Internet use raises ethics questions
by DAVID M.M. BELL
Many California attorneys are uncertain whether holding out their professional availability or direct advertising activities on the Internet are currently regulated by California rule or statute. Although no regulation in California explicitly speaks to attorney advertisement and solicitation on the Internet, all forms of advertising by California attorneys are broadly governed by California Rule of Professional Conduct 1-400 (Advertising and Solicitation), and Business & Professions Code §6157 et seq. These authorities do reach attorney advertising on the Internet.
The predominant thrust of these regulations is to prevent attorneys from communicating, advertising or soliciting in a manner which is false, deceptive or misleading to the public.
In particular, Rule 1-400 makes clear that messages concerning the availability for employment of an attorney or law firm which uses the name of the lawyer or law firm, regardless of medium, are subject to the rule's prohibitions.
Business & Professions Code §§6157 and 6158 expressly extend the duty to refrain from false, deceptive or misleading advertising to advertising by "electronic media," which is defined to include "computer networks."
Attorneys who are advertising their availability for professional employment on the Internet should consult these regulations. In my opinion, this would include any attorney or law firm who creates a "home page" or "web site" on the World Wide Web, the global network or interconnected computers.
Web sites are files containing information which consumers can access and typically contain not only the lawyer's name, but also a description of the lawyer, the area of practice and other information the lawyer deems relevant to a consumer.
The web site may take the form of text, but may also involve graphics, photographs, audio and full motion video components. In this respect, the Internet web site is similar to more traditional public advertisements such as a newspaper advertisement or a television or radio spot.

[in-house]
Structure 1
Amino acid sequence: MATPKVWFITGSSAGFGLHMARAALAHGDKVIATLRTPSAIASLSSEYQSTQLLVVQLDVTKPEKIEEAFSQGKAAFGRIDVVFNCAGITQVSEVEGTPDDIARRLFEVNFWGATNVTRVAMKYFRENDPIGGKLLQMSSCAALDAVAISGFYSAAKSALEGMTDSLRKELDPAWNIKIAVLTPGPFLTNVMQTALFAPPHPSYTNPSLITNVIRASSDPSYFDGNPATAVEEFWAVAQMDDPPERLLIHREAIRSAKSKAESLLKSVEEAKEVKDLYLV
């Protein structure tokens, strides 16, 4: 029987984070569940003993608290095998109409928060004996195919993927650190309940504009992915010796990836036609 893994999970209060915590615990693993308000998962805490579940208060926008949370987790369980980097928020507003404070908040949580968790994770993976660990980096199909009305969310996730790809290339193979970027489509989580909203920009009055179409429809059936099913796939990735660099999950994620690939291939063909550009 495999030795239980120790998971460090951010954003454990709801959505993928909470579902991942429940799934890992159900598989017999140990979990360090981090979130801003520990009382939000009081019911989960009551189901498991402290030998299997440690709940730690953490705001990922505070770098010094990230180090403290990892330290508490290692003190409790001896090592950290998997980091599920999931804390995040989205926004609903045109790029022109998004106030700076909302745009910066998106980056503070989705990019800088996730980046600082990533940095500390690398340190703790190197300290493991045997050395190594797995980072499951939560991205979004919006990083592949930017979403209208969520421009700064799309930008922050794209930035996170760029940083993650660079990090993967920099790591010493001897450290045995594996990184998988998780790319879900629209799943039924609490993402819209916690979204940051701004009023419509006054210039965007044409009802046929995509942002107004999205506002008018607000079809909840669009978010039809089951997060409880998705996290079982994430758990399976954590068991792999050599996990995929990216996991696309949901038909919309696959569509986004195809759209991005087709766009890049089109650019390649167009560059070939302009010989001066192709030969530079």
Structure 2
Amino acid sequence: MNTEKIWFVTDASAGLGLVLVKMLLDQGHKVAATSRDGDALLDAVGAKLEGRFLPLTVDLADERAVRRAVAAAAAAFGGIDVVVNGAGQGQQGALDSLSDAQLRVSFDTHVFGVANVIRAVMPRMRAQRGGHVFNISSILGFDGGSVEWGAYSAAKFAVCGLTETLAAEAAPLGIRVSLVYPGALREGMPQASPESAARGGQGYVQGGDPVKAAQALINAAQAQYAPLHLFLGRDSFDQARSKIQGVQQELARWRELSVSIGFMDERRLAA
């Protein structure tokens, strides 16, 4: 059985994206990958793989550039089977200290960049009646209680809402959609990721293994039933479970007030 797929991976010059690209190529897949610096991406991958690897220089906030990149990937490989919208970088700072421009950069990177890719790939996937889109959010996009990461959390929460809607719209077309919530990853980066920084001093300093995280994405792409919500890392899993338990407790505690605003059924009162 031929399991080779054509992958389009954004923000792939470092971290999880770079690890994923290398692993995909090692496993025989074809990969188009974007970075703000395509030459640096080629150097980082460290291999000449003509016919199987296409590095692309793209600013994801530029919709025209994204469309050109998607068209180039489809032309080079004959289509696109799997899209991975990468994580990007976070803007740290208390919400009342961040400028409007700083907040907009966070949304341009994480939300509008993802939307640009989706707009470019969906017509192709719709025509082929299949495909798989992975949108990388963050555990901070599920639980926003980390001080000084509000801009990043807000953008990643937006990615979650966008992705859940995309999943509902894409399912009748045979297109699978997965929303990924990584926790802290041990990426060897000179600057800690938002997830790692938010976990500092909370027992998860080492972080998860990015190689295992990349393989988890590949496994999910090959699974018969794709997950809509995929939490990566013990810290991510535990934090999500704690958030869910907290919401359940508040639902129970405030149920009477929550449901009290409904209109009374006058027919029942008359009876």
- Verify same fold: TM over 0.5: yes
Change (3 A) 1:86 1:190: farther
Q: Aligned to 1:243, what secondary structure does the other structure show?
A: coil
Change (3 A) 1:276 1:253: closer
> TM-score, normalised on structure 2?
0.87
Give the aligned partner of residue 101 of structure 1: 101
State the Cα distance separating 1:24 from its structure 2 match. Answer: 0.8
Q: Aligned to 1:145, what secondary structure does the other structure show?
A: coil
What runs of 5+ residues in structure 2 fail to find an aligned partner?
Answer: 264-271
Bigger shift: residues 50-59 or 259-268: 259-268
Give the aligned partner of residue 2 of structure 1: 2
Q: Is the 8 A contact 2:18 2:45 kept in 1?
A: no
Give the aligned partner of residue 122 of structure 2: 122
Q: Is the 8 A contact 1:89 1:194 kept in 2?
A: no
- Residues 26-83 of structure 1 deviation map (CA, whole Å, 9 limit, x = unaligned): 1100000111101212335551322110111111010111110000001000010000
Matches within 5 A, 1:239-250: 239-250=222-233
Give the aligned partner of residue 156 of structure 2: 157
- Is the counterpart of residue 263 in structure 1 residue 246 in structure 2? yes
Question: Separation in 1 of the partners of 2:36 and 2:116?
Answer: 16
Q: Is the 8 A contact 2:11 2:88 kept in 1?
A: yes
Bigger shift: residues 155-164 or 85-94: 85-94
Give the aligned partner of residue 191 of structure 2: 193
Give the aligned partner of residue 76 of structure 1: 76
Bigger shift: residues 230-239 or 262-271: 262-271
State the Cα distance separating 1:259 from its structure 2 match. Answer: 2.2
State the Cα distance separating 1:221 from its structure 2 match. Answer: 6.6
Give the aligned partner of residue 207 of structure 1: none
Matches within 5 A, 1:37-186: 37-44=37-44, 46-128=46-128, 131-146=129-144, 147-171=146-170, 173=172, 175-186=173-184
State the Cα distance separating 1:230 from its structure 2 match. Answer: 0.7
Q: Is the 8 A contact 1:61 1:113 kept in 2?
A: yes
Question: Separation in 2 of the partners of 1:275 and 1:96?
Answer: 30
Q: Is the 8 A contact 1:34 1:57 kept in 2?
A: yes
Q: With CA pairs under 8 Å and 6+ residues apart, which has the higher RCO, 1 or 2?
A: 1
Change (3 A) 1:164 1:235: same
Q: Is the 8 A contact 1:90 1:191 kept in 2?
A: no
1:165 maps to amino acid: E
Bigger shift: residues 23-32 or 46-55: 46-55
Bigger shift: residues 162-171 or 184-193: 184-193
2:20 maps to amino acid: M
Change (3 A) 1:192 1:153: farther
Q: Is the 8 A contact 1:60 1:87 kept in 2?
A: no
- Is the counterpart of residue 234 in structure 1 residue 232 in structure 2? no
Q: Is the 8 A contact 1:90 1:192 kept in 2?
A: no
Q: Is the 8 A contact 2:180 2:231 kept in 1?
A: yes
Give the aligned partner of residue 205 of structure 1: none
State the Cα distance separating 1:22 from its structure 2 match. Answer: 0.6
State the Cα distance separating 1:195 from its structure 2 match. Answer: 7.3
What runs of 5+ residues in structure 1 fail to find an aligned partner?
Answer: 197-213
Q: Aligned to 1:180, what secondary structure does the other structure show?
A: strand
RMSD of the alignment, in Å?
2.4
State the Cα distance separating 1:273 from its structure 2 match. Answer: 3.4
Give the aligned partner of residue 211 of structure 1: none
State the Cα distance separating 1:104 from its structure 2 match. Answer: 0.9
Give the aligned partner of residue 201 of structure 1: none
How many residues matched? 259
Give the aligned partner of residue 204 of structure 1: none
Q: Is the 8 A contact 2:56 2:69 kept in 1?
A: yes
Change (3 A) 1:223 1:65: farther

In any of these situations, the lawyer has placed in the public view a message about his or her availability to render professional services.
It is clear that attorney advertising regulations will need to be reviewed and amended in the future to keep up with rapid advances in telecommunications. Indeed, substantial portions of current Rule 1-400 were drafted before the Internet was even conceived, let alone created.
As such, not all Internet advertising issues are easily addressed or clearly answered under Rule 1-400. The State Bar currently is looking at this issue. However, it is important for California attorneys to realize that their holding out or advertising on the Internet is not unregulated and that they should familiarize themselves with the authorities discussed above.
Attorneys with advertising questions are encouraged to call the ethics hotline toll-free at 1/800-2-ETHICS.
In addition, the issue of ethics on the Internet, including attorney advertising on the Internet, will be the subject of a panel discussion at the State Bar's Second Annual Statewide Ethics Symposium May 11 in San Francisco. Persons interested in attending or seeking further information about the symposium should call Lauren McCurdy at 415/241-2107.
David M.M. Bell is director of professional competence, planning and development for the State Bar of California.